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Old December 14th, 2003, 11:32 PM   #16
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I didn't even think about the colour correction and the letterbox mask...thanks!

"I don't really understand what you mean by "...if you use the title, you are already blocking out some useless data which would otherwise degrade picture quality for the middle..." I think with either method you are going to end up using 432 lines out of 576 - (full vertical height minus 25% letterboxing - erm, different numbers if you are in NTSC) there ain't really any way around that"

What I mean is not that I would get a better resolution, but the important stuff (the picture inside the letterbox mask -whether I did it in post or camera) would show less compression artifacts. I am wondering this because there would be less resolution of colour, complex data to encode - a lot of info can be saved if part of the image is just black...at least that is my theory.

Thanks again for the support...when I get back maybe I will post some videos or snaps.
Rob
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Old December 23rd, 2003, 10:20 AM   #17
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hey Rob

i recently purchased the jvc3000, i only had it for a month and took it back. i now have an xl1. i purchased a brand new four and a half hour battery that i didn't even use. i charged it up but didn't use it. i have only had it for a two weeks, i have the original packaging and reciept. it was $125.00 with shipping. if you want it e-mail me an offer. it is the BN-V428U.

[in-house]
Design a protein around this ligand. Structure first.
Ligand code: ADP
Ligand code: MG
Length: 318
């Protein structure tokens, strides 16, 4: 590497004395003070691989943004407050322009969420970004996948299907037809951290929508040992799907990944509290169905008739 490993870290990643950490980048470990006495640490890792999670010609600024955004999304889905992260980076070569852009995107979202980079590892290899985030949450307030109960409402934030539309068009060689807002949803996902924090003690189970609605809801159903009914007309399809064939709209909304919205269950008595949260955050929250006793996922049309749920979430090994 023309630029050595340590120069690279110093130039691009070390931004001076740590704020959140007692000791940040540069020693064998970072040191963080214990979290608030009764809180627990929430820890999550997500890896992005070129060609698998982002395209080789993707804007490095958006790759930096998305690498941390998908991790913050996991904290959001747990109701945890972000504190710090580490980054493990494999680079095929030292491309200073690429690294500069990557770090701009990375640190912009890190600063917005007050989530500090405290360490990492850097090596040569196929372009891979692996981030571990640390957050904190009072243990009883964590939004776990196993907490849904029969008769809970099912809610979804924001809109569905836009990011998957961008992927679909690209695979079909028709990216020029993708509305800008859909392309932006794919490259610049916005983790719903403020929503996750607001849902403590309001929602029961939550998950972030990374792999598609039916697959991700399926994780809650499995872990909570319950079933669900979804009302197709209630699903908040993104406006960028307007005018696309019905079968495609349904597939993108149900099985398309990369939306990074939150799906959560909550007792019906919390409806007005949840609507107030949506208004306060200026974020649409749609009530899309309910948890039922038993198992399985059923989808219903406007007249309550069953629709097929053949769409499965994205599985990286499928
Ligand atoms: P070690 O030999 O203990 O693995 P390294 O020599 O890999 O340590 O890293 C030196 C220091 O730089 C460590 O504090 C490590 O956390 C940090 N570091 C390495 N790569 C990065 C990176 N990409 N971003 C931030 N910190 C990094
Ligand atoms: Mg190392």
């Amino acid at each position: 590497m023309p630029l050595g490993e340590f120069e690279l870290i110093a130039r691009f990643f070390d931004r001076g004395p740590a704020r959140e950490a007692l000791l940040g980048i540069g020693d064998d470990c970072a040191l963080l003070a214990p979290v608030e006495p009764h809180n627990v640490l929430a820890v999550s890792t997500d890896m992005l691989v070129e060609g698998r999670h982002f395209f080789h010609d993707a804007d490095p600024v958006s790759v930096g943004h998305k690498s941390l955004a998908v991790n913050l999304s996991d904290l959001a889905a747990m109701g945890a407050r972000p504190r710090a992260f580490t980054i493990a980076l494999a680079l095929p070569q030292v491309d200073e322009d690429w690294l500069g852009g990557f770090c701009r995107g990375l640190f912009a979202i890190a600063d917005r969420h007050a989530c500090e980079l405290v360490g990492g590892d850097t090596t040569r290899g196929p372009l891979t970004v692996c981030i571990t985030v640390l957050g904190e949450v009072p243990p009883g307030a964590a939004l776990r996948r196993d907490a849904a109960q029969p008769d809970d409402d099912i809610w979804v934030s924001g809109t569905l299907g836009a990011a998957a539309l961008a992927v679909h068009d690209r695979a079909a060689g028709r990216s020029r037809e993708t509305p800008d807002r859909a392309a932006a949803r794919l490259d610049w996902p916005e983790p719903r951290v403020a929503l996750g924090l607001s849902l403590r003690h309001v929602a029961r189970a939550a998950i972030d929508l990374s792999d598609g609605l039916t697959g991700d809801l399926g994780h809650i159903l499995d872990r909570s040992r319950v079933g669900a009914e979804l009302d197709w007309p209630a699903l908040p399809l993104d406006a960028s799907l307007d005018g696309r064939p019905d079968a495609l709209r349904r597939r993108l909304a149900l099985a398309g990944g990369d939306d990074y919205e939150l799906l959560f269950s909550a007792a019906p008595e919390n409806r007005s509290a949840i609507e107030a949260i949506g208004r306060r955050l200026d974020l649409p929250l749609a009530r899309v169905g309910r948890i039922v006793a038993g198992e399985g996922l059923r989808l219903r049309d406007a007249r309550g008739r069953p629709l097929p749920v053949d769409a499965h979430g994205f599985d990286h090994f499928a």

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Old February 3rd, 2004, 05:00 PM   #18
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Here's what I'm doing with my Sony single chip cam. It works great without resolution loss in achieving a letterboxed image for viewing on a 4:3 TV. (I assume that's what your aiming for).

I shoot in the Sony's 16/9 mode. Using Vegas Video, I convert to standard 4:3 when I render out the project. The difference is - this DOES NOT just cut off the top and bottom of the picture, throwing away almost a third of your resolution - it simply resamples the whole frame down without aliasing, and squeezes it inside the 4:3 frame. you effectively end up with a letterboxed image, but actually with MORE resolution, because you used the entire width of the CCD, then downsample your precious little pixels to look effectivley a bit sharper.

I really can't understand why anyone would do it the opposite way (if their camera can do an anamorphic wide image) and throw away a third of their picture.
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Old February 3rd, 2004, 07:12 PM   #19
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Quote:
this DOES NOT just cut off the top and bottom of the picture, throwing away almost a third of your resolution - it simply resamples the whole frame down without aliasing, and squeezes it inside the 4:3 frame
the d.wide mode on my camera uses the entire width of the CCD. the squeeze mode doesn't. This is why they advertise it as d.wide...it uses the full ccd and in relation to the squeeze/normal modes, it has the equal width of using a 0.7x adapter.

that's why...if that makes any sense? I totally understand your thinking behind your method...and it seems right...but my camera downsample's the full ccd in d.wide mode and that is what is recorded to tape.
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